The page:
Damned if You Do…



Damned if You Do…
The recent bombing of the Jordanian Embassy in Baghdad highlights the dilemma facing US-allied regimes in the Middle East and the Muslim World at large. Last week’s attack reminded Jordan of the fine line it treads between safeguarding its place on America’s winning roster and reassuring its populace that it has not abandoned its Iraqi brethren across the border.

Whatever the intention, 17 Iraqis were killed and dozens injured in a car bomb explosion outside the Jordanian Embassy in Baghdad yesterday. No wonder the Jordan Times described the incident not only as a ‘terrorist attack against Jordan’ but also as an assault on the ‘interests, security and stability of Iraq itself and its people.

Nobody claimed responsibility for the blast. US Military and Defense Department officials have been quick to invoke ‘foreign fighters and terrorist groups’ operating within Iraq as possible suspects. While highlighting the ambiguity and lack of information surrounding the attack, Lieutenant General Norton Schwartz told Reuters yesterday, ‘I think the one organization that we have confidence that we know is in Iraq and in the Baghdad area, is Ansar al-Islam.’ According to New York Times writer Michael Gordon, the latter is a group of ‘foreign militants who appear to see Iraq as a new arena for pursuing their jihad against America.’ Coming from ‘Syria, Saudi Arabia, Yemen and other countries,’ these ‘Qaeda-like’ fighters have ‘infiltrated Iraq from Syria.’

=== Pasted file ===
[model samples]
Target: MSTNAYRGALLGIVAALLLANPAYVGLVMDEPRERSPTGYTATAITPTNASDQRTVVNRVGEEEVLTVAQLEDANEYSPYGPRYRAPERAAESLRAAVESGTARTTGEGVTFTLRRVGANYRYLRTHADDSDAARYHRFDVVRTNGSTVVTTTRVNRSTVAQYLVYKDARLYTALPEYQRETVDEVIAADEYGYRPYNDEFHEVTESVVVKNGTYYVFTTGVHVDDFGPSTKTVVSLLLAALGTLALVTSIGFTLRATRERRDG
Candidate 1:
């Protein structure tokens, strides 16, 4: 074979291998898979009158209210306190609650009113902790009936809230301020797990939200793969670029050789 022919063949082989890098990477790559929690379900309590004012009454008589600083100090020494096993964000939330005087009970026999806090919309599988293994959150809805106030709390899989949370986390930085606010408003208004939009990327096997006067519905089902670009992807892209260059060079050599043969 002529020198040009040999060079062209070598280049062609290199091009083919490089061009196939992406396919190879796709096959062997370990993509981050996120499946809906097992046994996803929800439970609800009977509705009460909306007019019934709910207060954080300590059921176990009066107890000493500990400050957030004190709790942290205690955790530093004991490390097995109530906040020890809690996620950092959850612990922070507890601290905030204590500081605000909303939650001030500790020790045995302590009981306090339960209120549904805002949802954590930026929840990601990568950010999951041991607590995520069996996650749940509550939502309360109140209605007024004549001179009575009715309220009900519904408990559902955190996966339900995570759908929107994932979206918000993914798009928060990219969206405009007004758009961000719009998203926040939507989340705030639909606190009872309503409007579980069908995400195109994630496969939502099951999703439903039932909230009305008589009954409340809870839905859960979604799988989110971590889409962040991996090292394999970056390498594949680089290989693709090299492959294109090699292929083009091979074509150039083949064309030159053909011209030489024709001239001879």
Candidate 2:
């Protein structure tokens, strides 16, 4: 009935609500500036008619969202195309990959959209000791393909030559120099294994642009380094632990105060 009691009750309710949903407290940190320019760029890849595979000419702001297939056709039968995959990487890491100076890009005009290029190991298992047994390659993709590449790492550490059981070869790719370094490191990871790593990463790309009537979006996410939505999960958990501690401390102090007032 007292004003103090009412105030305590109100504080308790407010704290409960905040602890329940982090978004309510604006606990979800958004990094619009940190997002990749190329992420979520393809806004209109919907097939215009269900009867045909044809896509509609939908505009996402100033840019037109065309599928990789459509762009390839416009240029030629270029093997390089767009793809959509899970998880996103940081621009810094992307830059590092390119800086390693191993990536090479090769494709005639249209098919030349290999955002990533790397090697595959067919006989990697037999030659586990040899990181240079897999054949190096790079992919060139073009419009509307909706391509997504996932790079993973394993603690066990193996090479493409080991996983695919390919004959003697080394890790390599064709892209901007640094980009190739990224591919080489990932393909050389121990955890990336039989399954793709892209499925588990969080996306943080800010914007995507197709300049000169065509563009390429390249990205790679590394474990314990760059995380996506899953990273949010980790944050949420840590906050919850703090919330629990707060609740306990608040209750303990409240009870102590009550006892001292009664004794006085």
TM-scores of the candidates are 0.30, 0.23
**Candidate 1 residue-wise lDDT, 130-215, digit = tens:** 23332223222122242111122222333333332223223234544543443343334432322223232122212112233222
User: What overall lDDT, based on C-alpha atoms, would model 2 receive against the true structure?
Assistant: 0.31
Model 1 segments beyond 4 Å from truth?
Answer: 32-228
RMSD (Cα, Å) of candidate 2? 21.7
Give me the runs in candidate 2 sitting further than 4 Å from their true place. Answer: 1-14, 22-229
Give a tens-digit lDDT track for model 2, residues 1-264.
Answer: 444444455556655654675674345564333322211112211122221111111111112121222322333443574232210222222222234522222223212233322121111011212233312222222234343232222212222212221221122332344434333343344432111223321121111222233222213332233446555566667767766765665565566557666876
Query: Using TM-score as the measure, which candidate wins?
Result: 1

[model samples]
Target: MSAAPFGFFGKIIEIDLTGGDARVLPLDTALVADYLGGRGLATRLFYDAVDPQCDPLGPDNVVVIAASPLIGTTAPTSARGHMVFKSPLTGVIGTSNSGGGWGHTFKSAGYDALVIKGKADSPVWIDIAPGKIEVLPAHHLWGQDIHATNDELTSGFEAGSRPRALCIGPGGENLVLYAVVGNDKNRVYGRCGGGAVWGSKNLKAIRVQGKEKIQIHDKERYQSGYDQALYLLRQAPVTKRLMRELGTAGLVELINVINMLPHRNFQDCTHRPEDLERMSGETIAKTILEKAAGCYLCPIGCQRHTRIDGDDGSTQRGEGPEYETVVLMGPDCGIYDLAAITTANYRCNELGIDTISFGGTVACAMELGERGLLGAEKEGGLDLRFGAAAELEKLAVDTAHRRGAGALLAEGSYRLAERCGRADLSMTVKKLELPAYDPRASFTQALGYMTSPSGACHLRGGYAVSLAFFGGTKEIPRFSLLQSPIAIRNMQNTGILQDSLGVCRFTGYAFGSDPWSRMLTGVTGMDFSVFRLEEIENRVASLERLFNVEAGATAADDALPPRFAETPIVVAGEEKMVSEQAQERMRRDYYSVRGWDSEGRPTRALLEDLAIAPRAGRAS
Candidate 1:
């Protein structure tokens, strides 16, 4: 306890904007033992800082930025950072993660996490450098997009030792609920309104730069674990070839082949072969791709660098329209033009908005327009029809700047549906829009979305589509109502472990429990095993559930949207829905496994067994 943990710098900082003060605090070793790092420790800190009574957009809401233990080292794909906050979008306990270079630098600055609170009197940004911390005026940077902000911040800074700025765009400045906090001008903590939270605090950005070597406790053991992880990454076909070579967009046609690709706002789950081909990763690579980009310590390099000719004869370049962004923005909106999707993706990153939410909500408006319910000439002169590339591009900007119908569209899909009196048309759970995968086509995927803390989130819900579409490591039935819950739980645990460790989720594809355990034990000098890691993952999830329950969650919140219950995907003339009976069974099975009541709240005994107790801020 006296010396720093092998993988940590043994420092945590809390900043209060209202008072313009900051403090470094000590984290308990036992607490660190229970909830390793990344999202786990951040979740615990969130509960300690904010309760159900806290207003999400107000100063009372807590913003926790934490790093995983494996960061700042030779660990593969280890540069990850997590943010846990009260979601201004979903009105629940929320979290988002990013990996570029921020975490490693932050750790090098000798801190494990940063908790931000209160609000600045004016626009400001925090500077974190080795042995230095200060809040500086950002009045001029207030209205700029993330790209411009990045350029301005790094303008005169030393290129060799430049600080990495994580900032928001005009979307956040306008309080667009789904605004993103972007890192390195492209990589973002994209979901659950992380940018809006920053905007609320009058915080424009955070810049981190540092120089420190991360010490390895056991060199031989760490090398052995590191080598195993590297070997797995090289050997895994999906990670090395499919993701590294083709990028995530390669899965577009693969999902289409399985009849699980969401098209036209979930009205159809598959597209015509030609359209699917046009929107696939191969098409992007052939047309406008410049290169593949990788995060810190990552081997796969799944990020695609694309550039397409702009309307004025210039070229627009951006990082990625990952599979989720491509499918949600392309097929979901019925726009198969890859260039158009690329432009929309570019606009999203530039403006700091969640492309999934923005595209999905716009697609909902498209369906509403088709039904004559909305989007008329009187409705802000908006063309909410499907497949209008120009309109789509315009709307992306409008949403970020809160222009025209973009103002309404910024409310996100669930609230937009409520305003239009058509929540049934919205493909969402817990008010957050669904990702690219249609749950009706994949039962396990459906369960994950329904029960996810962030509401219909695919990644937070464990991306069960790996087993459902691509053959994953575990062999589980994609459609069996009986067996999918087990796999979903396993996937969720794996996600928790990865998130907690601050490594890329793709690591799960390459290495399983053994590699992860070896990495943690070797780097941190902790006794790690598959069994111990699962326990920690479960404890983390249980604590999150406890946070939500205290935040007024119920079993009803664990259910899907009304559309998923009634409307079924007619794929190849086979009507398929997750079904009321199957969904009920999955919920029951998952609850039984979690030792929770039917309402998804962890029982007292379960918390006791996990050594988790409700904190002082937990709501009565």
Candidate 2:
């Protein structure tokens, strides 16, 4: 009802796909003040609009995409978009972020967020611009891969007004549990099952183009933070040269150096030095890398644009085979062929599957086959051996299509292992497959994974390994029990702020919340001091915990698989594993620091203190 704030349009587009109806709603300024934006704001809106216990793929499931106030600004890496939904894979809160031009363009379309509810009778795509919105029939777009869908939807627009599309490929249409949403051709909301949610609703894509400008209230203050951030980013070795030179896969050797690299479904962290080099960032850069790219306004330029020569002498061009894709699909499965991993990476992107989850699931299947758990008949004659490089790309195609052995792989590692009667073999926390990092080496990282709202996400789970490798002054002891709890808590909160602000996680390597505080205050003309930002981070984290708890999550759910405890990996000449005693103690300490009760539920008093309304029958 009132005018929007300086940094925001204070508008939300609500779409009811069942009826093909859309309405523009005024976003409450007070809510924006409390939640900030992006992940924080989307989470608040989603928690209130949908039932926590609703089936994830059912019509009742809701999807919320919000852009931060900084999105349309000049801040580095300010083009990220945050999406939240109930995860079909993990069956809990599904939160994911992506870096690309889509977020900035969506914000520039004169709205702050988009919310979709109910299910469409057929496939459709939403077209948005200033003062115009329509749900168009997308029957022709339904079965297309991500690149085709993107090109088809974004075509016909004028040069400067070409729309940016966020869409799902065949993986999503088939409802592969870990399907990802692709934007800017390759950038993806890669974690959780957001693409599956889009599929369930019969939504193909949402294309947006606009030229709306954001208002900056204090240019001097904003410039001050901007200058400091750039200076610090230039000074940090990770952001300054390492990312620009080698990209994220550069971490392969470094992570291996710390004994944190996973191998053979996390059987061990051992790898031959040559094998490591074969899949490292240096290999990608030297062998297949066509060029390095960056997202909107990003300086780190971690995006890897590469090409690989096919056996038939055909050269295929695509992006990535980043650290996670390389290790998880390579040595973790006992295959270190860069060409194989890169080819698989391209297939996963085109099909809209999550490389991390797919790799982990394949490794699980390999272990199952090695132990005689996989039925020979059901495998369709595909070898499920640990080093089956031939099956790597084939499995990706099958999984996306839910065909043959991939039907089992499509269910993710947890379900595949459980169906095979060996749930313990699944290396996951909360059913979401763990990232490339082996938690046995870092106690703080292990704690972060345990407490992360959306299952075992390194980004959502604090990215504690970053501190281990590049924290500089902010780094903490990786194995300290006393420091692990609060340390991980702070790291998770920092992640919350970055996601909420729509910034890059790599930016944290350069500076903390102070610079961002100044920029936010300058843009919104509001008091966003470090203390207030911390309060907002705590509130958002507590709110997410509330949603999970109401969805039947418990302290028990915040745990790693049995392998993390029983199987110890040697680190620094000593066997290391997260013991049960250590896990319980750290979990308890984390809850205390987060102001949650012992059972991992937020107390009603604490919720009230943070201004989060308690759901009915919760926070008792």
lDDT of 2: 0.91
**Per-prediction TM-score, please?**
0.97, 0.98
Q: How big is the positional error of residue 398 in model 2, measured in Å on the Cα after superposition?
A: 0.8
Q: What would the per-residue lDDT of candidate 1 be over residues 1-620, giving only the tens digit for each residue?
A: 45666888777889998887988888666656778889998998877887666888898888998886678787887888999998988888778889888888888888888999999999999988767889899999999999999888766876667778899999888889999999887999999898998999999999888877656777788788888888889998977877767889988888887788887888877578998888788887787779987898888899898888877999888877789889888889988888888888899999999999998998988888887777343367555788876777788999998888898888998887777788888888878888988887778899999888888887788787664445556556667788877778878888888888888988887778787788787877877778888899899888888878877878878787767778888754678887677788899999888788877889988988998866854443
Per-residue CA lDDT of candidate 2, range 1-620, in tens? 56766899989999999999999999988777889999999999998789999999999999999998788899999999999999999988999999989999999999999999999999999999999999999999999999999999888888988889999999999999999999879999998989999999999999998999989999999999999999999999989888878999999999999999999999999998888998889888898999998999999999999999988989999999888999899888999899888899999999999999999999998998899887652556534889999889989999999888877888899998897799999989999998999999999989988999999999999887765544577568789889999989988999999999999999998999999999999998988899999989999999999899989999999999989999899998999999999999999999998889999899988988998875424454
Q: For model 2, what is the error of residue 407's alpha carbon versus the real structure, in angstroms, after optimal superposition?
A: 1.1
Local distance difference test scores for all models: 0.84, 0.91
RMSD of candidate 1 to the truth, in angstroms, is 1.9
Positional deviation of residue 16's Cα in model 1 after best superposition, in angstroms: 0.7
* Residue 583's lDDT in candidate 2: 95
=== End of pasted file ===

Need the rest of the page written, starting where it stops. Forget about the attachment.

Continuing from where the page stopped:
Jordanian officials seem to have jumped on the same bandwagon. Leading Israeli newspaper Haaretz quotes a ‘senior Jordanian source’ saying ‘maybe it [the embassy attack] was Al-Qaeda, wanting to take revenge against Jordan’s relentless campaign against their [members] in the past year.’ In the same breath, however, Jordanian ministers have re-iterated their commitment to humanitarian relief in Iraq as well as to the ‘welfare of the Iraqi people,’ prompting the Jordan Times to ask, ‘ what did Jordan do to deserve such an action?’

The answer is equally mired in confusion and speculation. Last week members of Saddam Hussein’s family, including his daughters, received asylum in Jordan and currently reside in one of King Abdullah’s palaces. This angered opponents of Saddam’s regime who seek punishment for the former dictator and his cronies. BBC reporter Matthew Price tells us that ‘a leading newspaper here [in Iraq] accused Jordan of being a silent accessory to the crimes carried out by the former president.’ At the same time, Jordan’s clandestine allowance of the US’s use of its territory for military bases during the war, sparked resentment among Iraqis who supported Saddam Hussein against an American invasion. Thus, Jordan finds itself in a no-win situation. You’re damned if you do and you’re damned if you don’t.